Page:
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Kelly Erickson

Or a Yahoo executive may be seduced by Microsoft. Or some perky young startup has snatched a head developer from a venerable software giant.

Silicon Valley\\’s human resources arena, ripe with legend engineers and executives, is like a day time soap opera, full of unforeseen surprises and shocking betrayals. Every time a transfer of talent occurs, juicy questions immediately commence to pop up surrounding that jump. Were they abused in the first company? Were they offered a giant salary? Who got screwed?

I\\’d wish to take an overview of several visible transfers of talent which happen to have occurred in Silicon Valley over the past decade. Each one is a soap opera in its own right and has in some way affected the fertility of the Valley\\’s technological breeding good reason. If I leave almost any big ones out, make sure to contribute your own prime Silicon Valley talent geneva chamonix transfers.


Tim Armstrong, Google to AOL: This shocking transfer occurred in April, 2009, when AOL abruptly fired two head middle management and hired Google\\’s gross sales boss, Tim Armstrong. Armstrong had joined Google back in 2000, when the company\\’s marketing campaign sales were minimal plus it was still in stiff competition with competitors enjoy Yahoo and MSN. Flash forward eight many years and Google is bringing in nearly $21 billion in Ad revenue per year and dominates a majority percentage with the internet search market.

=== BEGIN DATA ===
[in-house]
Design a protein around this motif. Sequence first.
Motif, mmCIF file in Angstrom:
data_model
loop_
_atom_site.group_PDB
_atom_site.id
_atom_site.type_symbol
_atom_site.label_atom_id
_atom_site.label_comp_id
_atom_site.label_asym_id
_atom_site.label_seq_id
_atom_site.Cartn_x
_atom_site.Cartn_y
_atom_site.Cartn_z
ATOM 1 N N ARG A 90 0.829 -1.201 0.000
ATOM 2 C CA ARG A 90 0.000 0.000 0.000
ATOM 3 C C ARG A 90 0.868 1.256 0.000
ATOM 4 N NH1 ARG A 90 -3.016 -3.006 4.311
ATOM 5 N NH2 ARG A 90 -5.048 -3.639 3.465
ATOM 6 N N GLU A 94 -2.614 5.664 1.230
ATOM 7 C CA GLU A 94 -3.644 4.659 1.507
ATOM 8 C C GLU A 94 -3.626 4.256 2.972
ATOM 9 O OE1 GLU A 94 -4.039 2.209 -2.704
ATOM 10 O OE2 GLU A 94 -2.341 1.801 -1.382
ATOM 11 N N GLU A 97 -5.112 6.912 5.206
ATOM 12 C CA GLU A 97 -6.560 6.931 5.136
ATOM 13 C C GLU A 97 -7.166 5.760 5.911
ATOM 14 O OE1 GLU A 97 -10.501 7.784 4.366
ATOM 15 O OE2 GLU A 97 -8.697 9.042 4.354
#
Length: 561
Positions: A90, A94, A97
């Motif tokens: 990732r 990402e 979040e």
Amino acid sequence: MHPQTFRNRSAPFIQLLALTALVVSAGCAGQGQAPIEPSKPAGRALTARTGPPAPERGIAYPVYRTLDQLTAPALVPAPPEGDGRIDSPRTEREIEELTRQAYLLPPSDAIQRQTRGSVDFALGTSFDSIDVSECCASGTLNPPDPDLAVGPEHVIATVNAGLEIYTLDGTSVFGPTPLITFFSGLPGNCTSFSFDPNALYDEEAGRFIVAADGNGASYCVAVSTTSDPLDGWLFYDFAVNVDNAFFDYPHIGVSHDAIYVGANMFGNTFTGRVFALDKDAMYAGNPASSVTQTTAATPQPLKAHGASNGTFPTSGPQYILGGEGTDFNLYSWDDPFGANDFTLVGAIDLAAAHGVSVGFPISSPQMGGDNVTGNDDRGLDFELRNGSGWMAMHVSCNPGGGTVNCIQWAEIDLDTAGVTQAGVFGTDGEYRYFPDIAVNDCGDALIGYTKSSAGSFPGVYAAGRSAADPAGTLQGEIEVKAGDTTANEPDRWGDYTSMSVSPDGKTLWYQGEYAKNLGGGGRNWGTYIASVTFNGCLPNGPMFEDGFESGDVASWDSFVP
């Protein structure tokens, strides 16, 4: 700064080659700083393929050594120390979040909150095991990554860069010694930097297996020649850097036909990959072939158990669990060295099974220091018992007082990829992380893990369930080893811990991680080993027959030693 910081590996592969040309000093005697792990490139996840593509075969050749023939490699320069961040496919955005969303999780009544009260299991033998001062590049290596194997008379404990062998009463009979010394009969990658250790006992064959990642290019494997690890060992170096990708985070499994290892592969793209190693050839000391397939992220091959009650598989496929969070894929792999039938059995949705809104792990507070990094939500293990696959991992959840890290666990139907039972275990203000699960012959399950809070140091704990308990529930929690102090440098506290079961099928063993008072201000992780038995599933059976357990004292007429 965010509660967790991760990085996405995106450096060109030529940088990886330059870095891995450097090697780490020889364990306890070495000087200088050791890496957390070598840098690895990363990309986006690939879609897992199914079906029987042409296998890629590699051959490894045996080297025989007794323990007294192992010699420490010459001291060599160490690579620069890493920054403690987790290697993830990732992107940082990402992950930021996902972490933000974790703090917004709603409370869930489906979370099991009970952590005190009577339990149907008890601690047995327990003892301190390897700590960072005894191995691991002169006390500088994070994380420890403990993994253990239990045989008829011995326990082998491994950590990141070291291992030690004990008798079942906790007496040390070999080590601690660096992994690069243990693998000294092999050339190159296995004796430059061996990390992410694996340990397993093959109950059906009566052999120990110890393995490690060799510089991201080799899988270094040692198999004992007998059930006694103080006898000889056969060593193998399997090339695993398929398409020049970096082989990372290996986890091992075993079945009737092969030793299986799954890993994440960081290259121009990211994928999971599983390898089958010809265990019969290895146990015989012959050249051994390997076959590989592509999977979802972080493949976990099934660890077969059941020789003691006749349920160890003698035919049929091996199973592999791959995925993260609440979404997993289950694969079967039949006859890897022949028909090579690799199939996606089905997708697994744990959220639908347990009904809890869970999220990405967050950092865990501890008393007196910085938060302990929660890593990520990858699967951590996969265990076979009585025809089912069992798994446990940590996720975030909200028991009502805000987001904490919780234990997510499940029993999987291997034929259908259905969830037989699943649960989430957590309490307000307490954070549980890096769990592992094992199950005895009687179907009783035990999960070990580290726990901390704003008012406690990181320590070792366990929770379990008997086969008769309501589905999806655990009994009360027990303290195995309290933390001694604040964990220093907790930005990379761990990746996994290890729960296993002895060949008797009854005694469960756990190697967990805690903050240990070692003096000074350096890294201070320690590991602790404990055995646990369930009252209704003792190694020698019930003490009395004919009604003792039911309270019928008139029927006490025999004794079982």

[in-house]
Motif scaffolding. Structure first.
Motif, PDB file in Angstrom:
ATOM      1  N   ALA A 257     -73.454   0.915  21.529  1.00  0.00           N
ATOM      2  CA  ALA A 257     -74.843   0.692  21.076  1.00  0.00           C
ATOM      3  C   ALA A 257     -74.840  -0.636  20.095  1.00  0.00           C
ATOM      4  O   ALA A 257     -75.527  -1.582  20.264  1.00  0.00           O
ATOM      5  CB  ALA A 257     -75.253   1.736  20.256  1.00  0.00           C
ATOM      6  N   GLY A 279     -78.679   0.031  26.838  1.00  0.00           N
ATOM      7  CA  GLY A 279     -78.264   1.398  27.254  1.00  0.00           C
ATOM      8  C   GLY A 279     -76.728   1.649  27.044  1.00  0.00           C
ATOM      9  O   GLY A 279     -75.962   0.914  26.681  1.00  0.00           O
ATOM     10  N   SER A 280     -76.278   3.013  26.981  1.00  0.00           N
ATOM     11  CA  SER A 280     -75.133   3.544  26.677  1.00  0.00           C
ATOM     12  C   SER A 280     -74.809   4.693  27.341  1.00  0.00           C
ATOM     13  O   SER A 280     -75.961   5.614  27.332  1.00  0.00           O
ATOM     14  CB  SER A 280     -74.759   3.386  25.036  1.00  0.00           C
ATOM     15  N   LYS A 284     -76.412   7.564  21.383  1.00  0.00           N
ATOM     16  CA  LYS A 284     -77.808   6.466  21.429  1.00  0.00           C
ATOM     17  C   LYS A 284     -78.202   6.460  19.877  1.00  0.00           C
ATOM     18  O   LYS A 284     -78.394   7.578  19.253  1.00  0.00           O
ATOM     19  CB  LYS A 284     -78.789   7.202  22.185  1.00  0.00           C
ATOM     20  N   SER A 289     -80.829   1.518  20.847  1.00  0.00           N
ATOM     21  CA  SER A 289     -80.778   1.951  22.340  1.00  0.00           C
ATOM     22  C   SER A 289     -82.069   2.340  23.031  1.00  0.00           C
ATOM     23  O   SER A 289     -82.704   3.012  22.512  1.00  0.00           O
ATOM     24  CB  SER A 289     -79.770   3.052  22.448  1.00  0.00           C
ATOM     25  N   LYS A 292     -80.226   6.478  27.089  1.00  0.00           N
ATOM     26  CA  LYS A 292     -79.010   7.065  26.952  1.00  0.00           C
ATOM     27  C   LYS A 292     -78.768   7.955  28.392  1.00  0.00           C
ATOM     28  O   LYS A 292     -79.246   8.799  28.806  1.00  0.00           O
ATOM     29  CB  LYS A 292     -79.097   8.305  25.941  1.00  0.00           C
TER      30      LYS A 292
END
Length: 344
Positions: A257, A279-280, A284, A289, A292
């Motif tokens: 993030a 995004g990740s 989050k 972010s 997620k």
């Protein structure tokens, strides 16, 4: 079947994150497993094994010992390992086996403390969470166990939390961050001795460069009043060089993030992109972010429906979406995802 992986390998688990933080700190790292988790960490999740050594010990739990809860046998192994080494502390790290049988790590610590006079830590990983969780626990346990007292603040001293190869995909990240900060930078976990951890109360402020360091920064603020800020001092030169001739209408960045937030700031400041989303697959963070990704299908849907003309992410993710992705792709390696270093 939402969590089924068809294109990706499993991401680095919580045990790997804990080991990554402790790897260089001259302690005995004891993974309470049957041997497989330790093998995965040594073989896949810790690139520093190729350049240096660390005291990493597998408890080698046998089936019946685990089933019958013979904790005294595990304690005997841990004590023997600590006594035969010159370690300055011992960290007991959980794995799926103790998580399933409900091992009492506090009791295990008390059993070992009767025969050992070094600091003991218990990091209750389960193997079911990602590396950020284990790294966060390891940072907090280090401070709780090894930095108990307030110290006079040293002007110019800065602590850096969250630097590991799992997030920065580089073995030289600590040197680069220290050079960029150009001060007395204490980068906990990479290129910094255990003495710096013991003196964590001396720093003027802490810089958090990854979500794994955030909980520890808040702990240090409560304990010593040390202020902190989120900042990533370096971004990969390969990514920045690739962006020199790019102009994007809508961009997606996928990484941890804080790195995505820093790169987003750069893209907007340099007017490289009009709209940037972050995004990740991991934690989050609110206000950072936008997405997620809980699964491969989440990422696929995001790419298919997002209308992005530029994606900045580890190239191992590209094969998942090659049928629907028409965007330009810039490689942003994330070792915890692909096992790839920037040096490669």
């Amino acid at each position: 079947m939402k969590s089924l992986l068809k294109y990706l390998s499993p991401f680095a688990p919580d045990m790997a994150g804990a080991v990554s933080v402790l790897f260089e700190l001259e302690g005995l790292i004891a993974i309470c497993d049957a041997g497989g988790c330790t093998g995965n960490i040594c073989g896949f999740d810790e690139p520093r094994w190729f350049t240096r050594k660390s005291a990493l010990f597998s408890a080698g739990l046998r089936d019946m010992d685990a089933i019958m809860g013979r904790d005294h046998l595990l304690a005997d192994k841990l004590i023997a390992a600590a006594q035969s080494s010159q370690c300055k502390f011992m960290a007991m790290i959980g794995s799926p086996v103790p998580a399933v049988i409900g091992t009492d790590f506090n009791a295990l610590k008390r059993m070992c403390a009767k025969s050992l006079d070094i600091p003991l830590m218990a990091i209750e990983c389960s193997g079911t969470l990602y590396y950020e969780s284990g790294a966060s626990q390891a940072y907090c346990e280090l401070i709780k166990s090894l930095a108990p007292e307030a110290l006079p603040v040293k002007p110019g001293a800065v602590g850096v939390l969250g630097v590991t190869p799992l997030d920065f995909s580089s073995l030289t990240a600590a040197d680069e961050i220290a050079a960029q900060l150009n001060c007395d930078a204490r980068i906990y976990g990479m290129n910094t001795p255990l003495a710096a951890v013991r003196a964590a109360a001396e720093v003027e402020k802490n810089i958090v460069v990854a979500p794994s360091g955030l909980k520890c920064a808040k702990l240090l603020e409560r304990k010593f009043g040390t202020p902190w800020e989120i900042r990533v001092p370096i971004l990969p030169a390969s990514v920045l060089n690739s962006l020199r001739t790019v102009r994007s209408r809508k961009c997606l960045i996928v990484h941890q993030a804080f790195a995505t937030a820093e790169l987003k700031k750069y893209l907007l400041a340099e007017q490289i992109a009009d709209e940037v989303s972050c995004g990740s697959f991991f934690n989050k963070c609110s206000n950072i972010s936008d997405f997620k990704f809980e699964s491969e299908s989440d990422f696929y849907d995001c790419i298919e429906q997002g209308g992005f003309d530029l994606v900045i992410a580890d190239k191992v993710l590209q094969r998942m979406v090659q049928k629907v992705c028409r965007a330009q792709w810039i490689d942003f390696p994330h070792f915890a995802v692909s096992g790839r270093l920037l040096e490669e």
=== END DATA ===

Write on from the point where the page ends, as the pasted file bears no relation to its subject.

The acquisition of Armstrong signifies a change in branding and company goals for AOL, as it continues to move faraway from its past as a ISP towards a future in digital media and advertising.

Sheryl Sandberg, Yahoo to Facebook: Sheryl Sandberg served as Google\\’s VP of World wide Online Sales before being snatched away by the hungry startup called Twitter in March of 08. Sandberg\\’s departure marked the end of Google\\’s \\’super increase spurt\\’, which was capped with a $747 share price a few months prior.

It\\’s rumored that Facebook\\’s young CEO Mark Zuckerburg first met Sandberg at a Christmas party, and had been impressed. Soon after she left to become Facebook\\’s COO, which right at that moment was still a refreshingly new start up (and had some sort of $15 billion dollar valuation).

Josh Elman, Facebook to Twitter: Although Facebook\\’s former platform manager isn\\’t as a huge name, his new home with Twitter speaks volumes to the current \\’Twitter-mania\\’ that Silicon Valley is going through. Facebook and Twitter are currently in a war (with Twitter having the upper hand) for any \\’real-time\\’ web. Elman\\’s savvy on precisely how people connect and communicate instantly is surely a acquire for Twitter\\’s growing empire.

Vic Gundotra, Microsoft to Google: Microsoft\\’s 15 season platform evangelist, Vic Gundotra, broke the breach and decided on Google in June, 2006. It was at the height with Microsoft\\’s Silicon Valley jealousy, particularly the Redmond giant\\’s envy of Google\\’s growing google search dominance. Ever since, Microsoft may be hot on Google\\’s tail – lately launching it\\’s \\’Bing\\’ google search, which surprisingly has that beginnings to usurp Google\\’s scorching streak.

So what does the future hold for Silicon Valley? Even though big players in ability acquisition have emerged, there is always a hotbed of starving start ups that have proved over and over that they compete with the big boys.

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